Let’s say you have a snoring problem, and you wake most mornings to your partner’s cold shoulder. Or, your partner snores and you can no longer stand one more thunderous night. It’s a big problem, but treatment alternatives are available.
Sooner or later in every snorer’s life, there comes a time when the condition stops being an annoying habit, and starts being a legitimate trouble. You, or your partner, can’t avoid the issue anymore. Something has to be done, but what? There are several options that can make a real difference.
Many snorers do snore simply because of their sleep position. If you sleep while lying flat on your back, you’re more prone to snore. One easy solution is just to lie on your side, and a simple tennis ball can be simply the thing to keep you there. In the early 1900s, the “snore ball” was originally invented, although some advancement has been made since then. It’s a simple pouch, connected to the back of the pajamas, with balls placed inside. The premise is very simple: the snorer falls asleep on his or her side, but at some point during the night will invariably turn over onto his or her back. However, with the snore ball in place, the back-sleeping position is practically unbearable. The device normally wakes up the snorer long enough to turn back to the side position and drift once again into a deep, quiet sleep. Snore balls are accessible to buy, but you can easily make one yourself. Depending upon your personal size preference, you can choose something small like a golf ball or a few marbles or something bigger like a tennis or baseball. Sew the ball into a cloth pouch, or even a tennis sock, and connect it to the back of the pajamas using safety pins. Many people combat snoring using this non-evasive, inexpensive, and easy-to-do treatment.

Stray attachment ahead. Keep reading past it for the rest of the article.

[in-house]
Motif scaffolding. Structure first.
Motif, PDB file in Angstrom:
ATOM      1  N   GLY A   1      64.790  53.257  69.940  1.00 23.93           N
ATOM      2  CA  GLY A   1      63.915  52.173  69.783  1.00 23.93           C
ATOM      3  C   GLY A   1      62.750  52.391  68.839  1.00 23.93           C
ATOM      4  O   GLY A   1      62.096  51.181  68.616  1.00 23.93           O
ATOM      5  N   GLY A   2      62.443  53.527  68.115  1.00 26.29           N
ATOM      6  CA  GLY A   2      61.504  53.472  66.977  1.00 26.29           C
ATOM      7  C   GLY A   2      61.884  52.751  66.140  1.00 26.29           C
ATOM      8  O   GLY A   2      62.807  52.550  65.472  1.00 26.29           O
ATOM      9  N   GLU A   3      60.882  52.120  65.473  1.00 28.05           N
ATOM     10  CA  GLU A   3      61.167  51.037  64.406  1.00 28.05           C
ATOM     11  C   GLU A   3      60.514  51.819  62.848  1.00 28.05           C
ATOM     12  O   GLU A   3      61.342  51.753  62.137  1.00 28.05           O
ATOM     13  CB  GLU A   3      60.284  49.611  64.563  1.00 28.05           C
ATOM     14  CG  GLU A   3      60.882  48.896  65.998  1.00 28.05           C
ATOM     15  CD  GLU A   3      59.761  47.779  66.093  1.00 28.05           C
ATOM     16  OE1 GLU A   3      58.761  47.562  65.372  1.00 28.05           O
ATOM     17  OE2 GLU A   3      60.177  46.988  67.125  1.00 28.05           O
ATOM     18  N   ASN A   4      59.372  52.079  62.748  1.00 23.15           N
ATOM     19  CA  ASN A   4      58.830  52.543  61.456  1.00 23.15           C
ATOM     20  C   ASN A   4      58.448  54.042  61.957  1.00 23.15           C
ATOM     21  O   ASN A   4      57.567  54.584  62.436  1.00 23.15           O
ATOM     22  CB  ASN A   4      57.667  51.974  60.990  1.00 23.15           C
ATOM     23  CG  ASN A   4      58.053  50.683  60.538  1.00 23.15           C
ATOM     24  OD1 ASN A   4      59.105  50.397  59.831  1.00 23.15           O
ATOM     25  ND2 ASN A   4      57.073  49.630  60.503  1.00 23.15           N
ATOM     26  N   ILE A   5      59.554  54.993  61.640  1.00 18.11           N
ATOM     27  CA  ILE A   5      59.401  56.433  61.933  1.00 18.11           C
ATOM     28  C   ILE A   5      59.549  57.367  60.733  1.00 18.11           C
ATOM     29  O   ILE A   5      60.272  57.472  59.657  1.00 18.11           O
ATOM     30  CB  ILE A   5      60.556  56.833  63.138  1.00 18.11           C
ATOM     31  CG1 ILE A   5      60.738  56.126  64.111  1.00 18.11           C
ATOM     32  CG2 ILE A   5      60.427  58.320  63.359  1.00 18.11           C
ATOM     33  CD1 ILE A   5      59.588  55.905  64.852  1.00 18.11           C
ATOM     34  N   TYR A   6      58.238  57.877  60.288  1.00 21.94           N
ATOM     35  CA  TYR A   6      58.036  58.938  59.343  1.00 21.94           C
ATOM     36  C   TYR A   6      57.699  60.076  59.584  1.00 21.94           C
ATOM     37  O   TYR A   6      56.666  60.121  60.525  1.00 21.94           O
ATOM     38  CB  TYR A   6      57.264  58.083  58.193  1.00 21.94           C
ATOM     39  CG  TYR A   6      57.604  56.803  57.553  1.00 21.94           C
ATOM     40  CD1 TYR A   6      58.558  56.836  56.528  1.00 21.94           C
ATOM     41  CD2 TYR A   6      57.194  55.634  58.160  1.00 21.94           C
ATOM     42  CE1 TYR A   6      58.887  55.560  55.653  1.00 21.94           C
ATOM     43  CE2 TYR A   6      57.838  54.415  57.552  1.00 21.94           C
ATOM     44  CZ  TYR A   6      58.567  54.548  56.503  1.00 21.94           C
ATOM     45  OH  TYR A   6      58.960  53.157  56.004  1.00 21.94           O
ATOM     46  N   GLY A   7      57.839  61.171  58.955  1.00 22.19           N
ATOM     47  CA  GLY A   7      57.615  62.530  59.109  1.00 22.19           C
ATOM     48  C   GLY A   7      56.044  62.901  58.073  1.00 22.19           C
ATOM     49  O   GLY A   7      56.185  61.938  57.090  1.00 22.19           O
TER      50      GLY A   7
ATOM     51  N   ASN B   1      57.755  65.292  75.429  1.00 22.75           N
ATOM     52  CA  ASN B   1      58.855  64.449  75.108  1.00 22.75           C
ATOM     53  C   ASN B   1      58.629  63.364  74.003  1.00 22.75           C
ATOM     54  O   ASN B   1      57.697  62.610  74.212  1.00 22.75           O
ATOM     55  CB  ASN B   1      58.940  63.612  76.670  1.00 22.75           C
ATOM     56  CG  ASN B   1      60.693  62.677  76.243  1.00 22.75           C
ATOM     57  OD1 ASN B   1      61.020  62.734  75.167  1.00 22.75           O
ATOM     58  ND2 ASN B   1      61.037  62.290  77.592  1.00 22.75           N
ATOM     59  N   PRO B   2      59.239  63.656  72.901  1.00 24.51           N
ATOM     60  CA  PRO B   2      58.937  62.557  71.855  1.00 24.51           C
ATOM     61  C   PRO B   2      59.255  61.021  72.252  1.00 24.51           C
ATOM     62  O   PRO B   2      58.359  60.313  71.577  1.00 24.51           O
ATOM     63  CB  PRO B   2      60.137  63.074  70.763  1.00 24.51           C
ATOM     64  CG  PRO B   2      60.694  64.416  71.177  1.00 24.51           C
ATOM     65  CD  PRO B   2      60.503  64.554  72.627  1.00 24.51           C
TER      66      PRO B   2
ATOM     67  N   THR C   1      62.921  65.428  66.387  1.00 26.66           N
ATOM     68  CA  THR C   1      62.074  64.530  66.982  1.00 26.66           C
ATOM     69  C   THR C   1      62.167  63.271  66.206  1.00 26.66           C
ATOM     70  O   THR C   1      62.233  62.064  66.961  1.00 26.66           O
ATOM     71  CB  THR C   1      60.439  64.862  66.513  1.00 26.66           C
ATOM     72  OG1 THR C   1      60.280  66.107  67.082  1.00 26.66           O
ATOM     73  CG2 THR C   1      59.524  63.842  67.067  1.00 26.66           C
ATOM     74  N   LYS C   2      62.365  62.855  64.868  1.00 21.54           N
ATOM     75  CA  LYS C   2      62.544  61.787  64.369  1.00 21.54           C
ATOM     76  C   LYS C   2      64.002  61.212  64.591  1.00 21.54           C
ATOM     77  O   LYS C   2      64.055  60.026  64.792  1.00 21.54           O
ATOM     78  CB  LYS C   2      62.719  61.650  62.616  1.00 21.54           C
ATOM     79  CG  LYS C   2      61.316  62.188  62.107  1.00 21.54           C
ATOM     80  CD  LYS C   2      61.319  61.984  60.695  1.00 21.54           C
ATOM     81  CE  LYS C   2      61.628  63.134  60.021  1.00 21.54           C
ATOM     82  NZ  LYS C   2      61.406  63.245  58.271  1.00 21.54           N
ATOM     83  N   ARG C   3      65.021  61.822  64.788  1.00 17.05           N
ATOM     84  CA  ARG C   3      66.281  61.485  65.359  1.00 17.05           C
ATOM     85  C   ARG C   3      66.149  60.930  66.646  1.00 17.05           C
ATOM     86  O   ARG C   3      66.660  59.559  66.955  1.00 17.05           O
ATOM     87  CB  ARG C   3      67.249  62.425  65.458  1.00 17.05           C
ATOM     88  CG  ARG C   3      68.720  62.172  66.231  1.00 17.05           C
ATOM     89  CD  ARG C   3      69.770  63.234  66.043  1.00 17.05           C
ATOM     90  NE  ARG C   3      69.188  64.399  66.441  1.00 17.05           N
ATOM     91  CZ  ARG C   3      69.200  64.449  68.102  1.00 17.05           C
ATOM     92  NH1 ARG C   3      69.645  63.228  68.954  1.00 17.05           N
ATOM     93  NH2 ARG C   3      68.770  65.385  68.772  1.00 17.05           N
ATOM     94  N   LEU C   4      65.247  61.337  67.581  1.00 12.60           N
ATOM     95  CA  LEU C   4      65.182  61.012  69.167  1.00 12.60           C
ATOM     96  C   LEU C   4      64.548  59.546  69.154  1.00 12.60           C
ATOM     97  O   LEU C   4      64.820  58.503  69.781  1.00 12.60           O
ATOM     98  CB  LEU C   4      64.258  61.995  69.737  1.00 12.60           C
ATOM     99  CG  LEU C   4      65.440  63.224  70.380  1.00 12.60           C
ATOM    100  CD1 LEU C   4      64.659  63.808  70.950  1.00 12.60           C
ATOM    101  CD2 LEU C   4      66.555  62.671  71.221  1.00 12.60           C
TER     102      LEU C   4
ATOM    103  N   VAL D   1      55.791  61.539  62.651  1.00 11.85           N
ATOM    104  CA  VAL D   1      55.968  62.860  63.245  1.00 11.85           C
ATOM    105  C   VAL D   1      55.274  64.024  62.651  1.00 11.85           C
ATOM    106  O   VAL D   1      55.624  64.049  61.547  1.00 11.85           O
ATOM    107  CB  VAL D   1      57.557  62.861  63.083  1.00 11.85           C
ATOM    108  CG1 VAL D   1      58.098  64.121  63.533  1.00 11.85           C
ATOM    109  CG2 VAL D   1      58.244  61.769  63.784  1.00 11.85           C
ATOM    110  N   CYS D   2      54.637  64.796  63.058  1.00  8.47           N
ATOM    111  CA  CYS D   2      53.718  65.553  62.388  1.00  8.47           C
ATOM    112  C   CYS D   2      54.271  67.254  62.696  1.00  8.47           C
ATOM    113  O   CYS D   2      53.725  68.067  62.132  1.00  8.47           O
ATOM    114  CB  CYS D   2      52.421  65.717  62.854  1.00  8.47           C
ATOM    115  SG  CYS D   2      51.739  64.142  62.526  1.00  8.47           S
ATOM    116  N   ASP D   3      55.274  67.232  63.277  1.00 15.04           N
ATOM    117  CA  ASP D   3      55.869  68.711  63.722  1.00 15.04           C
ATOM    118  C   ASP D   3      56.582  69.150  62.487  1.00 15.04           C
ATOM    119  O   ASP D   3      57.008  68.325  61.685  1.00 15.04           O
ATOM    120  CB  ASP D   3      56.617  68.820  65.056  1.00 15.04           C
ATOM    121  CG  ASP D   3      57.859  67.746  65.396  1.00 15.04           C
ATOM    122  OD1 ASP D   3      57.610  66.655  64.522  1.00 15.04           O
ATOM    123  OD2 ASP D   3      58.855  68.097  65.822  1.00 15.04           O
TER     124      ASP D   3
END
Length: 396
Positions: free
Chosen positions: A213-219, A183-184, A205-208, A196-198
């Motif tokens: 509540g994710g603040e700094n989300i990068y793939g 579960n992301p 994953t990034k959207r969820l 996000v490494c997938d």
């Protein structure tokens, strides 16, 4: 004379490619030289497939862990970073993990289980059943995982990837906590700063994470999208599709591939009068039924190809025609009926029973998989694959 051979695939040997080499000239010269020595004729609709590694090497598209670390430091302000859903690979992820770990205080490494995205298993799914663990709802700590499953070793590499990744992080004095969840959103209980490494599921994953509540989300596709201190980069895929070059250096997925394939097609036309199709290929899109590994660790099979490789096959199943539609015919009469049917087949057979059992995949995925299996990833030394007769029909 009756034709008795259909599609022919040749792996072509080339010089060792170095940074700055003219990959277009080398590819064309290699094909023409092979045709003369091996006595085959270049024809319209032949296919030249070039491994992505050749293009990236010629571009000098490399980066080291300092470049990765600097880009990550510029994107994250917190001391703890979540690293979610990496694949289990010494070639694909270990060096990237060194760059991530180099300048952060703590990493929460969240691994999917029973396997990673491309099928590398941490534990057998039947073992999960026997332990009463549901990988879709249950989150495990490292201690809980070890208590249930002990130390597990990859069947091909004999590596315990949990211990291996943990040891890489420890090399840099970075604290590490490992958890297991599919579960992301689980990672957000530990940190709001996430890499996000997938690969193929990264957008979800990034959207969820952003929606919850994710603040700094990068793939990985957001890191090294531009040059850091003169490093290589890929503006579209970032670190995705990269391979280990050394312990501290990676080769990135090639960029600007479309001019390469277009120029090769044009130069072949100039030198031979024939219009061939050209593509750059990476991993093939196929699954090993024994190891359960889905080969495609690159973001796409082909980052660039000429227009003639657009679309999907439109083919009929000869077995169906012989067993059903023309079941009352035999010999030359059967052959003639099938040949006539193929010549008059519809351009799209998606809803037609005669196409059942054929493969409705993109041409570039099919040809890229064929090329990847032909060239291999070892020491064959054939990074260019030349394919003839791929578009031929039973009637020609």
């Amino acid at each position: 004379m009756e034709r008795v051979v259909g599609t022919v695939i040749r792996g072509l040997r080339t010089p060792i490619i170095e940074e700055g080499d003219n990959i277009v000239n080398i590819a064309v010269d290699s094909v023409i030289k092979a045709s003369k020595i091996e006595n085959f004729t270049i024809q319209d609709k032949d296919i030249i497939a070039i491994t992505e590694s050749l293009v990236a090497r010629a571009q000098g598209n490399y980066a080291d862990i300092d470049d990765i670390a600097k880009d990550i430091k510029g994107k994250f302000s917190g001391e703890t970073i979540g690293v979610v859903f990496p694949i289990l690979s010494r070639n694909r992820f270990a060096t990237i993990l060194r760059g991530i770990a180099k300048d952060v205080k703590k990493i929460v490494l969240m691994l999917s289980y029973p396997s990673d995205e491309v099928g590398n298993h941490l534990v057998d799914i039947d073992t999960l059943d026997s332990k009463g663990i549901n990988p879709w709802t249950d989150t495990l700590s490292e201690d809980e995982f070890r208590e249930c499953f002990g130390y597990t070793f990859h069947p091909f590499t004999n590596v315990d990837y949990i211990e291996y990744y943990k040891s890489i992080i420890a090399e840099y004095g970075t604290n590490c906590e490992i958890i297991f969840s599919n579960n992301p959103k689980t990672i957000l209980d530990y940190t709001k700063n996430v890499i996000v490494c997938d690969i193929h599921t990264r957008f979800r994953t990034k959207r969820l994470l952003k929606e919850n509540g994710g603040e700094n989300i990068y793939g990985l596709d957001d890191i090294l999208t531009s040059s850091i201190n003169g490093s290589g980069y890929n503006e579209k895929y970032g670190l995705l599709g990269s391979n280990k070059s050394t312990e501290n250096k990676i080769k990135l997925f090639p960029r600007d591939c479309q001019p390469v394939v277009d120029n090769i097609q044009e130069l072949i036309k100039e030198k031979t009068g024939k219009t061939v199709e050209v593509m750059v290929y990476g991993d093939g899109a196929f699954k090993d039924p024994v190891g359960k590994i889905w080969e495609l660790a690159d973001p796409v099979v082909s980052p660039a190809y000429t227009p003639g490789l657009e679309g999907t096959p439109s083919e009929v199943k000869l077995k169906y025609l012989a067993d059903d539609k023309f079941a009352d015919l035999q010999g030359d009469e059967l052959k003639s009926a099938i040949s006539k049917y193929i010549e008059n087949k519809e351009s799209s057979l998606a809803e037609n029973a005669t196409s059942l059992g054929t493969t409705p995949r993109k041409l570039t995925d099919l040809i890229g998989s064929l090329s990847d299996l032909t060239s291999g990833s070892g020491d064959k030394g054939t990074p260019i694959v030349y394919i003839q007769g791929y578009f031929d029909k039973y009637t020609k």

A sleep position monitor is a similar alternative way to fight snoring. Not unlike the snore ball, the sleep monitor warns the snorer when he or she tries to turn onto the back by emitting a loud beeping sound. The trouble with this device is that it also alerts the innocent partner. Those who opt to sleep with position monitor and sleeping ball do so in the hope that they will eventually become “accustomed” and will stop rolling on to their backs.
These easy-to-use, low cost options are available without a prescription at most drug stores. Nasal strips are intended to widen the nasal passages, open the air passageway to the throat, and increase airflow. The plastic adhesive strips are non-medicated, and stay stuck to the nose the whole night. Many athletes also choose to wear nasal strips while practicing, playing, and working out, claiming that they are able to breathe and perform more effectively.
Some snorers have also tried throat sprays, with some accomplishment. The objective of the throat spray is to lubricate the back of the throat and lessen the vibrations that cause snoring. With overuse, however, the spray can actually irritate the throat and, in turn, encourage more snoring. Therefore, the instructions on the package must be followed very thoroughly.
Other, more expensive and invasive treatment alternatives are available, but try making these simple solutions your first steps in your efforts to fight snoring.
Filed under: Snoring